Here are four reasons it may also be the ultimate American experience.
1. Booze is heritage, not just an after-effect
Many (if not most) sports associate themselves with alcohol and a rebellious nature, but NASCAR alone owes its very existence to moonshine and out-driving law enforcement. When NASCAR started in 1948, most of the drivers like “Reckless” Roy Hall and “Lightning” Lloyd Seay had learned how to drive fast outrunning IRS agents on southern backroads during prohibition. Race day at Daytona International Speedway reveals that alcohol is just as important to racing now as it was then. Not only are several of the race teams sponsored by beer and whiskey companies, but flags with beer logos flutter off of RVs parked on the infield like medieval banners marking dominions. Hours before the race, coolers and grills are hoisted onto the sheetmetal roofs of those RVs. Fans sit back in lawn chairs cracking cold ones and bantering back and forth until the race starts. If you walk by one of these RV parties wearing the t-shirt of the group’s favorite driver, it’s almost a guarantee that they’ll offer to toss a can down to you. Even if the beer isn’t “your brand” it’s in your best interest to take it.
2. The Daytona 500 is like watching a high-speed chase
For the first decade, bootleggers were the mainstay of NASCAR drivers. They competed for bragging rights in “stock car” races on Sunday before heading back to “work” running from the law on Monday. This outlaw heritage runs deep in both the stands and on the track where car-to-car contact, or “trading paint”, is just as much a part of winning as a having a fast car.
Full-contact racing gets fans out of their seats right from the drop of the green flag. Even at two-hundred miles-per-hour, a faster car will use its front bumper to shove the car ahead of them to go faster. In contrast with Formula 1 race cars, which look more like fighter jets than cars, NASCAR race cars are built to look like the stock sedans your parents might drive. This low-tech approach gives the cars greater impact resistance. It’s a throwback to the rum-running days when cops routinely slammed bootleggers to run them off the road. An aggressive driver can spin a car out in an instant, taking out a dozen other cars. It’s a maneuver seen many times during chases on the LA freeways.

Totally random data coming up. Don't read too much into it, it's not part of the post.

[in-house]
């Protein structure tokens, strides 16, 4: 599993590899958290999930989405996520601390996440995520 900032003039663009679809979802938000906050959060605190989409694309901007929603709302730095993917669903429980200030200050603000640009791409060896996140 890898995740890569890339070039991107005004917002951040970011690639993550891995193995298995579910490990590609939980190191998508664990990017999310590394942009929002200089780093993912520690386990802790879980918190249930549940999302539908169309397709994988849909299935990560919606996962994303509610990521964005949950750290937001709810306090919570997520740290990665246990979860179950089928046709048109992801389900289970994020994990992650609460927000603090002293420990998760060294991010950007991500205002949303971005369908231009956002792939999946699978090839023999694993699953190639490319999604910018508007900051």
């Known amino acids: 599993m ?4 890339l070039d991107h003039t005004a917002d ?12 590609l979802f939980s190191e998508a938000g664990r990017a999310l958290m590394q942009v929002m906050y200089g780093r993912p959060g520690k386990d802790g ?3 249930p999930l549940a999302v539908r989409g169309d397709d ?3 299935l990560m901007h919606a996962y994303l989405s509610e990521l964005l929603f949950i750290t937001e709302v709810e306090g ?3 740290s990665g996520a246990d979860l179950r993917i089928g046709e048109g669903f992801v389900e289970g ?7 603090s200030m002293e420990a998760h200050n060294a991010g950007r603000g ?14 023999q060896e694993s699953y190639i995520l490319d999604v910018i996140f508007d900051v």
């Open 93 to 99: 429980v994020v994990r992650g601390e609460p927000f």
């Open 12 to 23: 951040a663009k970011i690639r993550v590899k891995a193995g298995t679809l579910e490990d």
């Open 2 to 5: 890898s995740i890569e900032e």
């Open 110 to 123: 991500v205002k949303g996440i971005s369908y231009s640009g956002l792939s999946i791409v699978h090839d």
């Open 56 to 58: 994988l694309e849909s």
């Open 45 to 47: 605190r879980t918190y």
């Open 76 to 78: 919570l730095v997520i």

Not that running from the police is an American experience, but, you know, it is.
3. Everything’s bigger in America
Everything about Daytona International Speedway is big. The grandstand alone is a mile long—so long that the architects had to account for a seven-inch difference in the Earth’s curvature at each end. When you’re at the top of the highest level of seating, it feels like you’re at the top of a class IV scramble in the Cascade Mountains, and the cars roaring along the back-stretch look like tiny dots. There’s a 29-acre lake in the infield stocked with 65,000 fish, as well as space for dozens of RVs. “You can fit fifteen of New York City’s MetLife Stadiums inside the track,” Daytona Speedway’s President Joie Chitwood told me as we walked for a half hour to get from one end to the other.
4. You can’t prepare for the sound of American (and Toyota) V8s
I’ve been a racing fan for years. I’ve gone to local dirt track races and watched NASCAR on TV. Nothing prepared me for the sound of forty-three stock cars screaming down the front stretch. With a great deal of respect to Ferrari and Porsche, brute horsepower is uniquely American. NASCAR is the birthplace of raw horsepower as American car companies followed the marketing philosophy of “what wins on Sunday sells on Monday”. Even California’s early hot rod scene owes its existence to the engine modifications pioneered in a secret room in the back of Louis “Red” Vogt’s Atlanta garage.
Earplugs will protect your delicate ear canals, but the roar of 38,000 combined horsepower is more felt than heard. From the drop of the green flag, the V8s rattle you and rumble straight to your core. The vibration will get you out of your seat. And, as the cars howl by on lap one, no one will even notice when you let out a little, tiny rebel yell.